Posted: Posted Date – 6:19 PM, Sat – Aug 6, 22

Hello readers! In last week’s column, we concluded Step 1 of EducationUSA’s “5 Steps to Study in the United States” and today we’ll continue with “Step 2: Fund Your Education.”

Before committing to a university, it is important to consider funding. To create an accurate budget, students and their parents should be aware of the cost of completing their program at the universities of their choice as well as the financial support opportunities available to draft the student’s financial documents accordingly.

Again, students should view institutions’ financial information (tuition, cost of living, course materials, insurance, etc.). To find it, go to the university’s admissions page or the bursar’s webpage*. When researching tuition fees, students should look for the non-resident rate, since they are international students. These numbers can vary by program, location, and institution, so be sure to check each college or university on your list.

Funding sources may include:

• A sponsor (parents, family or third party sponsor)

• Financial aid (scholarships, fellowships and other US university sources)

• On-campus work/training opportunities

• Financial aid and scholarships through foundations/agencies

International financial aid from US universities can be competitive, but there are other ways to get financial aid. Information about scholarships and similar opportunities can be found on the institution’s financial aid page. Here you will be able to find out if they offer these opportunities to international students. This information varies by institution, field of study, department, academic background, and work experience of the student.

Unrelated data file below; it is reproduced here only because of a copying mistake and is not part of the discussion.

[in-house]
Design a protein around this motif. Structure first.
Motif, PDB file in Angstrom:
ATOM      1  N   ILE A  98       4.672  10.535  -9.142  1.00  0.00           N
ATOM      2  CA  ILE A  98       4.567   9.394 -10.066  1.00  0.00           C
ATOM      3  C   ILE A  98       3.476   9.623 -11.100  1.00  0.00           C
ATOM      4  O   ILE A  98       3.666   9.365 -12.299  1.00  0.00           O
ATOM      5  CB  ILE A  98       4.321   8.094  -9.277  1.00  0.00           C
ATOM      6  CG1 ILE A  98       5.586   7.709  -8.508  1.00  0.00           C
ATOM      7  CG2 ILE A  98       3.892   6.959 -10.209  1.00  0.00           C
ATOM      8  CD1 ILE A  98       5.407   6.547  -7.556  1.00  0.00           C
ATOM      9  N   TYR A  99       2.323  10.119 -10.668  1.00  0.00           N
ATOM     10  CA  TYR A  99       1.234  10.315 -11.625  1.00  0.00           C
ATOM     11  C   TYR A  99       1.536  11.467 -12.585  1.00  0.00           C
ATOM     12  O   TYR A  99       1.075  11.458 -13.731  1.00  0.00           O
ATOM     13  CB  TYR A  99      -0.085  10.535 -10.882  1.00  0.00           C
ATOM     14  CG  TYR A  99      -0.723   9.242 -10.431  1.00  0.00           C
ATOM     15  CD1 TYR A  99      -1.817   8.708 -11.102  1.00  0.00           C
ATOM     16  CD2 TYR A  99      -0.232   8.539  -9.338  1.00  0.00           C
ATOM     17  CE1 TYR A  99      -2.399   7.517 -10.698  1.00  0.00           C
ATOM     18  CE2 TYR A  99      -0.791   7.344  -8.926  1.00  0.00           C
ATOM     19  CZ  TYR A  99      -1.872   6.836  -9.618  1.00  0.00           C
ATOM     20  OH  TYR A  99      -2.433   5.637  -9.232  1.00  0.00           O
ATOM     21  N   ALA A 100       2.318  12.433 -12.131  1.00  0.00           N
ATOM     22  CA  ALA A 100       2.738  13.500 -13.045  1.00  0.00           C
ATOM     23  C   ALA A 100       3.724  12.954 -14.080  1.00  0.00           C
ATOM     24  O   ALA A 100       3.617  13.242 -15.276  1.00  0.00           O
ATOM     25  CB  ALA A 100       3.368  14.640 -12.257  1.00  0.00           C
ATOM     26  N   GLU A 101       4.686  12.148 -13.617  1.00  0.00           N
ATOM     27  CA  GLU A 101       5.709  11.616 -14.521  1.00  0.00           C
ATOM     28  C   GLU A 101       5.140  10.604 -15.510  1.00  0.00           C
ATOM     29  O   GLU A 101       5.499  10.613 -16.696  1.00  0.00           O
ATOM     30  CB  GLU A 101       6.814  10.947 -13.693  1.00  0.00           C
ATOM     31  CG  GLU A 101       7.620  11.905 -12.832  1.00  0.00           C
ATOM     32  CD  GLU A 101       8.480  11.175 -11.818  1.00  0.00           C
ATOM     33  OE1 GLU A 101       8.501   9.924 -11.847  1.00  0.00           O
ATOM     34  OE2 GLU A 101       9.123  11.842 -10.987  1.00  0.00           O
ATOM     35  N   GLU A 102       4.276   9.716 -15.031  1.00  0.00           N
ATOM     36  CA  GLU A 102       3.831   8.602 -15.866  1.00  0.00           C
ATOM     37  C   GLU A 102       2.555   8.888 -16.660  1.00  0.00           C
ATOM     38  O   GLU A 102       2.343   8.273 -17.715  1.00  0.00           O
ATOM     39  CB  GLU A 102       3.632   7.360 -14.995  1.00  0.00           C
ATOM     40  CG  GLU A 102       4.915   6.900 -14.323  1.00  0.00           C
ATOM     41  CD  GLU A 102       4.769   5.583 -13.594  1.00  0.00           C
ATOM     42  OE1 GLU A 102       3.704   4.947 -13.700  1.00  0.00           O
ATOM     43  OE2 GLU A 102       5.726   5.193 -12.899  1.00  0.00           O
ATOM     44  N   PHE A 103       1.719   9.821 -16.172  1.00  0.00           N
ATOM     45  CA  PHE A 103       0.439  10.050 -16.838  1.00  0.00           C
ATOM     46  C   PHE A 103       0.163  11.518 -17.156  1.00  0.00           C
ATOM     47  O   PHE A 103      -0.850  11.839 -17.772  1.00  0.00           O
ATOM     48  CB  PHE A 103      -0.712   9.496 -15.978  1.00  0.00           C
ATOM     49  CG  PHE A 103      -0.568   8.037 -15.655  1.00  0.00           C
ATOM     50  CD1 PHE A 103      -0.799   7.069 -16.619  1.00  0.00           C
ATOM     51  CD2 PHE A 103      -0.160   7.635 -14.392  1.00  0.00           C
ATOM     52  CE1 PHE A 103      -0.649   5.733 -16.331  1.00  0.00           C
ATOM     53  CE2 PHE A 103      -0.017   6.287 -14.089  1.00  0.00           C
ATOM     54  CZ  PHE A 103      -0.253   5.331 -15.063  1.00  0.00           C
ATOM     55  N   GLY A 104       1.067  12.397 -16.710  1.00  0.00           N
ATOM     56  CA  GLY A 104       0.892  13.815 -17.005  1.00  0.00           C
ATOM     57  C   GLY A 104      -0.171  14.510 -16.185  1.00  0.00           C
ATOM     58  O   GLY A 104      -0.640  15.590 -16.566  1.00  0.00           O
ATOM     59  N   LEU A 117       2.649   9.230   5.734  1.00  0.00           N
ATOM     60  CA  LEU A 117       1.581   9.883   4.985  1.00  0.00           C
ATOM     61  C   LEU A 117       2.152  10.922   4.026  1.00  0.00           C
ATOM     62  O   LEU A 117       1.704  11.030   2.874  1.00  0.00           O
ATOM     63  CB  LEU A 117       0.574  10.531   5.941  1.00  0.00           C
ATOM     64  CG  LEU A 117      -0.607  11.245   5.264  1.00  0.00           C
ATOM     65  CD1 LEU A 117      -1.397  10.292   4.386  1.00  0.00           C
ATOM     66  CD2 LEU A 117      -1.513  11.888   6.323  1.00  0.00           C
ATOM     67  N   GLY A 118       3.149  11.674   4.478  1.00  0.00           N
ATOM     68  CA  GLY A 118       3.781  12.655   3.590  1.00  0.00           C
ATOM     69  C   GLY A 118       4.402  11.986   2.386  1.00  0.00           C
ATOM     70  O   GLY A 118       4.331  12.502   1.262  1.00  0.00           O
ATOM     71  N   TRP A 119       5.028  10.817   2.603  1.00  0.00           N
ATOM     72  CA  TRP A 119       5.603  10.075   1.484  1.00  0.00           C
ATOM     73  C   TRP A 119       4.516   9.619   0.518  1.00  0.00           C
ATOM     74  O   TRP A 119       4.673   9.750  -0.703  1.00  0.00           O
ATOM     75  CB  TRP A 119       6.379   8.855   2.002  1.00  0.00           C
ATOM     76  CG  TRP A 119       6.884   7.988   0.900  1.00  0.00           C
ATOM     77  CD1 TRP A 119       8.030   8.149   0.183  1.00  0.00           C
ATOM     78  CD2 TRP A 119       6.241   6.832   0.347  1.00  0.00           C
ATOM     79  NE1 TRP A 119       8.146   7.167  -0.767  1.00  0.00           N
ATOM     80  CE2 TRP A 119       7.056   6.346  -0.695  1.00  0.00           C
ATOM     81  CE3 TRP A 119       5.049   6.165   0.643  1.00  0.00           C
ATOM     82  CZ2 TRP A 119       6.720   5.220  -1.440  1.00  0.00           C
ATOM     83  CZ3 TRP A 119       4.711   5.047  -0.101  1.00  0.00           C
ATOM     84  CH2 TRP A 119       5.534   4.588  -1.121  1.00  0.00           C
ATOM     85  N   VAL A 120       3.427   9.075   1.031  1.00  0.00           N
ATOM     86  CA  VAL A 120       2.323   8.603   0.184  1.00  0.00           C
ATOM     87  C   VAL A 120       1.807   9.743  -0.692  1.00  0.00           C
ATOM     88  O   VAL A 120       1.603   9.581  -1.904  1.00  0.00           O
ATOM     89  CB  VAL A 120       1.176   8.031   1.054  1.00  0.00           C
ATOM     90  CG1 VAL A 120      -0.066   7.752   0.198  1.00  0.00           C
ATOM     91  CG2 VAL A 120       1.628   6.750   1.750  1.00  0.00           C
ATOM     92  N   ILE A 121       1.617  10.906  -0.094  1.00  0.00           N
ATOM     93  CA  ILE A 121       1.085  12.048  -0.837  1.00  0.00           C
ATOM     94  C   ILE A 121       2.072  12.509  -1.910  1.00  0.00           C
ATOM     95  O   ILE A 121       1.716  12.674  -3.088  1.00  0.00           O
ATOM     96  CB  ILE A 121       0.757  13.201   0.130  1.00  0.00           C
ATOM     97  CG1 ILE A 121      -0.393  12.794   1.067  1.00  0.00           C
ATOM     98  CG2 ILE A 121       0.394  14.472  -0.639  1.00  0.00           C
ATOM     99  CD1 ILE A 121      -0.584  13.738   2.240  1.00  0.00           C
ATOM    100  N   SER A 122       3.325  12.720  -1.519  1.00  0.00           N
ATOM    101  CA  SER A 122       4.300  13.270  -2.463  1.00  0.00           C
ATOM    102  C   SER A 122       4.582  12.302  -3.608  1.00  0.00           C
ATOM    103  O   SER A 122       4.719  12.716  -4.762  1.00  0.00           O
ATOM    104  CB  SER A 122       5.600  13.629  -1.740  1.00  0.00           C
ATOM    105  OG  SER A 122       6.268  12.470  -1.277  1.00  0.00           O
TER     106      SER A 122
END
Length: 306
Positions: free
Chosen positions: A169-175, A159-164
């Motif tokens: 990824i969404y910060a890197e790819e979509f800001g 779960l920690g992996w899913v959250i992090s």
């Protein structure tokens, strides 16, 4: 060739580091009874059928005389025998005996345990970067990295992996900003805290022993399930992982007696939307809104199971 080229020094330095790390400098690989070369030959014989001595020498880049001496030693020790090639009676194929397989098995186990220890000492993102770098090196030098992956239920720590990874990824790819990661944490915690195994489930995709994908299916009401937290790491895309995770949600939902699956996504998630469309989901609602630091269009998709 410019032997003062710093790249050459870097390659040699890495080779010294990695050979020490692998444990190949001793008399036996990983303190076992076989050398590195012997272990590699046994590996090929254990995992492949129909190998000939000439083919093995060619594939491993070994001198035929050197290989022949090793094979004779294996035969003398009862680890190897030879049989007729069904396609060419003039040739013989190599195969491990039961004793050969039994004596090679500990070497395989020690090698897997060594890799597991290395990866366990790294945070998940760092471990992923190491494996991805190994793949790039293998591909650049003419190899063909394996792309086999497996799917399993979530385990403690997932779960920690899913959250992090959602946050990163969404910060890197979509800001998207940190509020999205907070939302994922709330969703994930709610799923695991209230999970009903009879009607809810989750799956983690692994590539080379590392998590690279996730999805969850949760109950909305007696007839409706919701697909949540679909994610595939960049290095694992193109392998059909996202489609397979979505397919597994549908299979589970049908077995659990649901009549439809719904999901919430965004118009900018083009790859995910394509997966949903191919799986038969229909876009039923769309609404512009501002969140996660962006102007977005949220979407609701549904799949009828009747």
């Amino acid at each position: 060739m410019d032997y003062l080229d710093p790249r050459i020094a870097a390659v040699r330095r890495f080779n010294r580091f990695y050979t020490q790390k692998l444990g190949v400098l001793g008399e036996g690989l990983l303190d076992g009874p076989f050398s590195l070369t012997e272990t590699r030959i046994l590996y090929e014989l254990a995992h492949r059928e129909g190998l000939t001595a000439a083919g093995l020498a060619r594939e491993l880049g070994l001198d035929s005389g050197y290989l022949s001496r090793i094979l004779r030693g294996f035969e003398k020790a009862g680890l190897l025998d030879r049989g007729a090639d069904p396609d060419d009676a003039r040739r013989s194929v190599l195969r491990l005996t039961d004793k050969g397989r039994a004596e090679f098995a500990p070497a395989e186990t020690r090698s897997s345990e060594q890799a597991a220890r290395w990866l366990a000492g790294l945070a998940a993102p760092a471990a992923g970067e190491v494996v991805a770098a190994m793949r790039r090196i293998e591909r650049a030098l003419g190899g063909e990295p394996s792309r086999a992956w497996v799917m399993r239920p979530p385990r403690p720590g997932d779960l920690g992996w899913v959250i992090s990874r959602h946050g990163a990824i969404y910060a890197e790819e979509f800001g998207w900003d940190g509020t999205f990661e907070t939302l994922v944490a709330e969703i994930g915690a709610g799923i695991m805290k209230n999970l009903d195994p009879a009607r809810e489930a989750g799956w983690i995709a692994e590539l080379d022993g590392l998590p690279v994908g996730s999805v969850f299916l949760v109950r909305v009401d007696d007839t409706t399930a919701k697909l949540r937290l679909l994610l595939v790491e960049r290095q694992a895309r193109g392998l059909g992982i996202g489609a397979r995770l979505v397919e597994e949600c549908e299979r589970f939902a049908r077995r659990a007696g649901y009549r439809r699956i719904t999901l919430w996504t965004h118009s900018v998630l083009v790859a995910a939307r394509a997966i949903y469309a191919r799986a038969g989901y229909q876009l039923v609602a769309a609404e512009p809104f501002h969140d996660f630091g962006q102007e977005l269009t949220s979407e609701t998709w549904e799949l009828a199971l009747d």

When applying for university funding, students should research which departments provide assistance and ask them for registration forms/links. Decisions regarding financial aid can be made either by a specific department or by the doctoral school (sometimes they are made by both).

The college funding application process can be quite long and complex, so students should carefully review all documents.

For U.S. higher education institutions, financial aid applications are typically submitted with the rest of the student’s application. Either way, try to submit your application as soon as possible for consideration.

When considering financial support, some US colleges and universities may seek:

• High standardized test results

• English proficiency

• Good academic references

• Letter of recommendation

• Previous research or teaching experience

For more information on funding resources, students applying to US colleges and universities can use these websites:, and -steps-us- study/finance-your-studies/graduate.

Next week, we will continue and discuss Financial Aid Document Submission Requirements and Financial Aid!

(*A bursar is the manager of the financial affairs of an institution.)